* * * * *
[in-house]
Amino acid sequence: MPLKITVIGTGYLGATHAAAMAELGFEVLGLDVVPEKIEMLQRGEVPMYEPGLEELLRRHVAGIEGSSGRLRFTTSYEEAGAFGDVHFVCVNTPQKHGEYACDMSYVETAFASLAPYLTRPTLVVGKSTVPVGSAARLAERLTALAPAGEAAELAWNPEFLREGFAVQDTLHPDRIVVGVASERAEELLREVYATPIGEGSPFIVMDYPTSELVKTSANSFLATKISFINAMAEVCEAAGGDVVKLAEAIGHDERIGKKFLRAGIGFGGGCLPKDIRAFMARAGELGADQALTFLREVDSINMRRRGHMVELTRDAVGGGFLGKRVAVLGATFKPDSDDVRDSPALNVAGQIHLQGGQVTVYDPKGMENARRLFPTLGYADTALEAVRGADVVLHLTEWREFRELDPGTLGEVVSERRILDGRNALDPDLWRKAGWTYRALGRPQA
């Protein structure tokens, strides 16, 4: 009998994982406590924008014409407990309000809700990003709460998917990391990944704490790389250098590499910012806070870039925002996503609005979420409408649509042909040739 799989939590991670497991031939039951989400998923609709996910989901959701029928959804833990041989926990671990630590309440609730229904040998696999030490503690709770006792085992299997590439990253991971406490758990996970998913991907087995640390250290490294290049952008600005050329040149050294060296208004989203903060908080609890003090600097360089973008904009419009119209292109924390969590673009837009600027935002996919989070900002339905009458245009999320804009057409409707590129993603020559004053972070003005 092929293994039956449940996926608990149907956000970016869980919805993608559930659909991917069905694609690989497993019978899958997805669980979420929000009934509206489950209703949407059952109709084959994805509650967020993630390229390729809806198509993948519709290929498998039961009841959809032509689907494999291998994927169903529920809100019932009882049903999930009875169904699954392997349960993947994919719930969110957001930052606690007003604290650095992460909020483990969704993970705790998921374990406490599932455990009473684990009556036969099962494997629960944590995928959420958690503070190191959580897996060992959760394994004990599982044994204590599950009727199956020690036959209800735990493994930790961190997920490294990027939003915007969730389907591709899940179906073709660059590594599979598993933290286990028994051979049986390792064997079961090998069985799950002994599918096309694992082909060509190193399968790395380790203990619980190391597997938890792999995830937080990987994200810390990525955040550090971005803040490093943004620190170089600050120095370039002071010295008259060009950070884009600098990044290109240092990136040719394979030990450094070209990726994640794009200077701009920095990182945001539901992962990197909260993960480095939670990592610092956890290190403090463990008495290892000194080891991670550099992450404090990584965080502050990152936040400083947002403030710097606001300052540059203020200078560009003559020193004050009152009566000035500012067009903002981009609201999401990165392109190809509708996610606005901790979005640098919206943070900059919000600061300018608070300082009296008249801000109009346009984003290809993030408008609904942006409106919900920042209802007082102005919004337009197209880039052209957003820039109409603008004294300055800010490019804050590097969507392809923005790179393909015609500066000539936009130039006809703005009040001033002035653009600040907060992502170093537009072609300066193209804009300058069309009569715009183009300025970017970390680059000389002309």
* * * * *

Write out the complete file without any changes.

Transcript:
[in-house]
Amino acid sequence: MPLKITVIGTGYLGATHAAAMAELGFEVLGLDVVPEKIEMLQRGEVPMYEPGLEELLRRHVAGIEGSSGRLRFTTSYEEAGAFGDVHFVCVNTPQKHGEYACDMSYVETAFASLAPYLTRPTLVVGKSTVPVGSAARLAERLTALAPAGEAAELAWNPEFLREGFAVQDTLHPDRIVVGVASERAEELLREVYATPIGEGSPFIVMDYPTSELVKTSANSFLATKISFINAMAEVCEAAGGDVVKLAEAIGHDERIGKKFLRAGIGFGGGCLPKDIRAFMARAGELGADQALTFLREVDSINMRRRGHMVELTRDAVGGGFLGKRVAVLGATFKPDSDDVRDSPALNVAGQIHLQGGQVTVYDPKGMENARRLFPTLGYADTALEAVRGADVVLHLTEWREFRELDPGTLGEVVSERRILDGRNALDPDLWRKAGWTYRALGRPQA
């Protein structure tokens, strides 16, 4: 009998994982406590924008014409407990309000809700990003709460998917990391990944704490790389250098590499910012806070870039925002996503609005979420409408649509042909040739 799989939590991670497991031939039951989400998923609709996910989901959701029928959804833990041989926990671990630590309440609730229904040998696999030490503690709770006792085992299997590439990253991971406490758990996970998913991907087995640390250290490294290049952008600005050329040149050294060296208004989203903060908080609890003090600097360089973008904009419009119209292109924390969590673009837009600027935002996919989070900002339905009458245009999320804009057409409707590129993603020559004053972070003005 092929293994039956449940996926608990149907956000970016869980919805993608559930659909991917069905694609690989497993019978899958997805669980979420929000009934509206489950209703949407059952109709084959994805509650967020993630390229390729809806198509993948519709290929498998039961009841959809032509689907494999291998994927169903529920809100019932009882049903999930009875169904699954392997349960993947994919719930969110957001930052606690007003604290650095992460909020483990969704993970705790998921374990406490599932455990009473684990009556036969099962494997629960944590995928959420958690503070190191959580897996060992959760394994004990599982044994204590599950009727199956020690036959209800735990493994930790961190997920490294990027939003915007969730389907591709899940179906073709660059590594599979598993933290286990028994051979049986390792064997079961090998069985799950002994599918096309694992082909060509190193399968790395380790203990619980190391597997938890792999995830937080990987994200810390990525955040550090971005803040490093943004620190170089600050120095370039002071010295008259060009950070884009600098990044290109240092990136040719394979030990450094070209990726994640794009200077701009920095990182945001539901992962990197909260993960480095939670990592610092956890290190403090463990008495290892000194080891991670550099992450404090990584965080502050990152936040400083947002403030710097606001300052540059203020200078560009003559020193004050009152009566000035500012067009903002981009609201999401990165392109190809509708996610606005901790979005640098919206943070900059919000600061300018608070300082009296008249801000109009346009984003290809993030408008609904942006409106919900920042209802007082102005919004337009197209880039052209957003820039109409603008004294300055800010490019804050590097969507392809923005790179393909015609500066000539936009130039006809703005009040001033002035653009600040907060992502170093537009072609300066193209804009300058069309009569715009183009300025970017970390680059000389002309």